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Frank Hinkey
File:Frank Hinkey close shot (American Football book).jpg
Frank Hinkey from American Football book
Biographical details
Born(1870-12-23)December 23, 1870
Tonawanda, New York
DiedDecember 30, 1925(1925-12-30) (aged 55)
Southern Pines, North Carolina
Alma materYale University
Playing career
Position(s)End
Head coaching record
Overall11–7
Accomplishments and honors
Awards
* Consensus All-American (1891, 1892, 1893, 1894)
College Football Hall of Fame
Inducted in 1951 (profile)

Frank Augustus Hinkey (December 23, 1870 – December 30, 1925) was an American college football player and coach. He was notable for being one of only three college football players in history to be named a four-time consensus All-American. He was elected to the College Football Hall of Fame in 1951.

Early yearsEdit

Born in Tonawanda, New York, he attended DeVeaux College and Phillips Andover.

Yale UniversityEdit

Frank Hinkey

Hinkey as a player on a football card.

While attending Yale University, he played for the Yale Bulldogs football team for four years, was captain his junior and senior years, and each year was named to the College Football All-America Team.[1] One writer claims "when all-time ends are named, Hinkey invariably heads the list."[2] He graduated from Yale University in 1895 and was a member of Psi Upsilon and Skull and Bones.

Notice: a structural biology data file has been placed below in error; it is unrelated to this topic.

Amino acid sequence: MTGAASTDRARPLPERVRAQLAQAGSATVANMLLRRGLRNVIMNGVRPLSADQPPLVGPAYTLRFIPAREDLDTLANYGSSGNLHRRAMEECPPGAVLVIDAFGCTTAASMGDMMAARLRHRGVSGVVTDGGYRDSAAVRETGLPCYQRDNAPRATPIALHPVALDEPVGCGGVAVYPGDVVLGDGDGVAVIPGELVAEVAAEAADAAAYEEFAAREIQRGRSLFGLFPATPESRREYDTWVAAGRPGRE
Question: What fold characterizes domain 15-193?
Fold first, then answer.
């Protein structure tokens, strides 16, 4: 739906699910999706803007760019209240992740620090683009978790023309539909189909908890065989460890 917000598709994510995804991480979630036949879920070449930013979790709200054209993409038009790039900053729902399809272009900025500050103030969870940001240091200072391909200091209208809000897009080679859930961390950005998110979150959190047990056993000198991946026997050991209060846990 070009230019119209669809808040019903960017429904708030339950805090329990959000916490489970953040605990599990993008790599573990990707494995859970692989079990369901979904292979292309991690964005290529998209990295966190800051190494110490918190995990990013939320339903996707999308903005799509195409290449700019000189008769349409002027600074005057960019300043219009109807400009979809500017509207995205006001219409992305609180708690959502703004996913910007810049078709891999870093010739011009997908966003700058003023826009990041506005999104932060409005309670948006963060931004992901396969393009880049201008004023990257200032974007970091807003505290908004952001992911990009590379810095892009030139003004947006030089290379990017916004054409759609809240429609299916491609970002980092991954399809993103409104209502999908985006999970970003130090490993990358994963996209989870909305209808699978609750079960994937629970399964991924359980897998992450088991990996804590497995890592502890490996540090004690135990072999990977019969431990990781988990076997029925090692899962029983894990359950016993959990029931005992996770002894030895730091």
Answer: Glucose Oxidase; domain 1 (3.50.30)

Business careerEdit

He ran several businesses, including zinc smelting plants in Kansas and Illinois, and worked with fellow Yale teammate and All-American Frank Butterworth at a brokerage. He was head coach of the Yale team from 1913 to 1914.[1] During those two seasons, he had an 11–7 record.[3]

File:Frank Hinkey and Tom Shevlin.jpg

RefereeEdit

According to Dr. Harry March's, often inaccurate book Pro Football: Its Ups and Downs, Hinkey was a referee at the 1903 World Series of Football held at Madison Square Garden. March states that the officials during the series "were dressed in full evening dress, from top hats down to white gloves and patent leather shoes." During the last play of the series in a game between the Franklin Athletic Club and the Watertown Red & Black, the Franklin players, knew that they had the game in hand. As a result, the Franklin backfield agreed to purposely run over the clean and sharply dressed Hinkey in jest, knocking him into the dirt. Hinkey took the incident in good-nature and Franklin's management agreed to pay his cleaning bill.

DeathEdit

Hinkey died from complications of tuberculosis on December 30, 1925. He was 54 years old.

Head coaching recordEdit

Year Team Overall Conference Standing Bowl/playoffs
Yale Bulldogs (Independent) (1914–1915)
1914 Yale 7–2
1915 Yale 4–5
Yale: 11–7
Total: 11–7
Indicates BCS bowl, Bowl Alliance or Bowl Coalition game.

ReferencesEdit

Additional sourcesEdit

External linksEdit

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